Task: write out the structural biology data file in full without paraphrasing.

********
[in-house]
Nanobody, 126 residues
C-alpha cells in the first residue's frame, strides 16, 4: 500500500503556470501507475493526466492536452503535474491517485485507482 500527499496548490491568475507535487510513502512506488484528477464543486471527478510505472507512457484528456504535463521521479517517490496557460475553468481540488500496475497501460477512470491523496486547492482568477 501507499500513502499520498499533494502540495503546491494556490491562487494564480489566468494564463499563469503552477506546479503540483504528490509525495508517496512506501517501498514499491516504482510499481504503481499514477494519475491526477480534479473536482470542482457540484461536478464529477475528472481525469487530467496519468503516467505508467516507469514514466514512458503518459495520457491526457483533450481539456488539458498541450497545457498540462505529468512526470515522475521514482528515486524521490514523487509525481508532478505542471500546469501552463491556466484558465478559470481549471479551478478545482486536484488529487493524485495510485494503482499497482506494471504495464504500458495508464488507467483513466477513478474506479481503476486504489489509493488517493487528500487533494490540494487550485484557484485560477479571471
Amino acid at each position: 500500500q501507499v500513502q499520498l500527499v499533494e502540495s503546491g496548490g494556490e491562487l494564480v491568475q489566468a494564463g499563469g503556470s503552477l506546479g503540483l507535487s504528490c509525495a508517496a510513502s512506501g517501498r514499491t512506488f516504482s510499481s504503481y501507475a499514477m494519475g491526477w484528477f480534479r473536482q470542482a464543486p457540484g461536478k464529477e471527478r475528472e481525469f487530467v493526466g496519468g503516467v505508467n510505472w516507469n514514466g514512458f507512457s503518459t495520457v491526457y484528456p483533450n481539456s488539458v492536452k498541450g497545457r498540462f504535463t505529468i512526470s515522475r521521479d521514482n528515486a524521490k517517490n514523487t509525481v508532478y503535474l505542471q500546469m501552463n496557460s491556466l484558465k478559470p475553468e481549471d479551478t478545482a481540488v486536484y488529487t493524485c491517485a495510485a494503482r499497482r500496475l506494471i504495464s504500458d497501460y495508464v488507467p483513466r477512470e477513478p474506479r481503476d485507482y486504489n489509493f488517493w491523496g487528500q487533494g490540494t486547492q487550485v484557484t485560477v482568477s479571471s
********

[in-house]
Nanobody, 126 residues
C-alpha cells in the first residue's frame, strides 16, 4: 500500500503556470501507475493526466492536452503535474491517485485507482 500527499496548490491568475507535487510513502512506488484528477464543486471527478510505472507512457484528456504535463521521479517517490496557460475553468481540488500496475497501460477512470491523496486547492482568477 501507499500513502499520498499533494502540495503546491494556490491562487494564480489566468494564463499563469503552477506546479503540483504528490509525495508517496512506501517501498514499491516504482510499481504503481499514477494519475491526477480534479473536482470542482457540484461536478464529477475528472481525469487530467496519468503516467505508467516507469514514466514512458503518459495520457491526457483533450481539456488539458498541450497545457498540462505529468512526470515522475521514482528515486524521490514523487509525481508532478505542471500546469501552463491556466484558465478559470481549471479551478478545482486536484488529487493524485495510485494503482499497482506494471504495464504500458495508464488507467483513466477513478474506479481503476486504489489509493488517493487528500487533494490540494487550485484557484485560477479571471
Amino acid at each position: 500500500q501507499v500513502q499520498l500527499v499533494e502540495s503546491g496548490g494556490e491562487l494564480v491568475q489566468a494564463g499563469g503556470s503552477l506546479g503540483l507535487s504528490c509525495a508517496a510513502s512506501g517501498r514499491t512506488f516504482s510499481s504503481y501507475a499514477m494519475g491526477w484528477f480534479r473536482q470542482a464543486p457540484g461536478k464529477e471527478r475528472e481525469f487530467v493526466g496519468g503516467v505508467n510505472w516507469n514514466g514512458f507512457s503518459t495520457v491526457y484528456p483533450n481539456s488539458v492536452k498541450g497545457r498540462f504535463t505529468i512526470s515522475r521521479d521514482n528515486a524521490k517517490n514523487t509525481v508532478y503535474l505542471q500546469m501552463n496557460s491556466l484558465k478559470p475553468e481549471d479551478t478545482a481540488v486536484y488529487t493524485c491517485a495510485a494503482r499497482r500496475l506494471i504495464s504500458d497501460y495508464v488507467p483513466r477512470e477513478p474506479r481503476d485507482y486504489n489509493f488517493w491523496g487528500q487533494g490540494t486547492q487550485v484557484t485560477v482568477s479571471s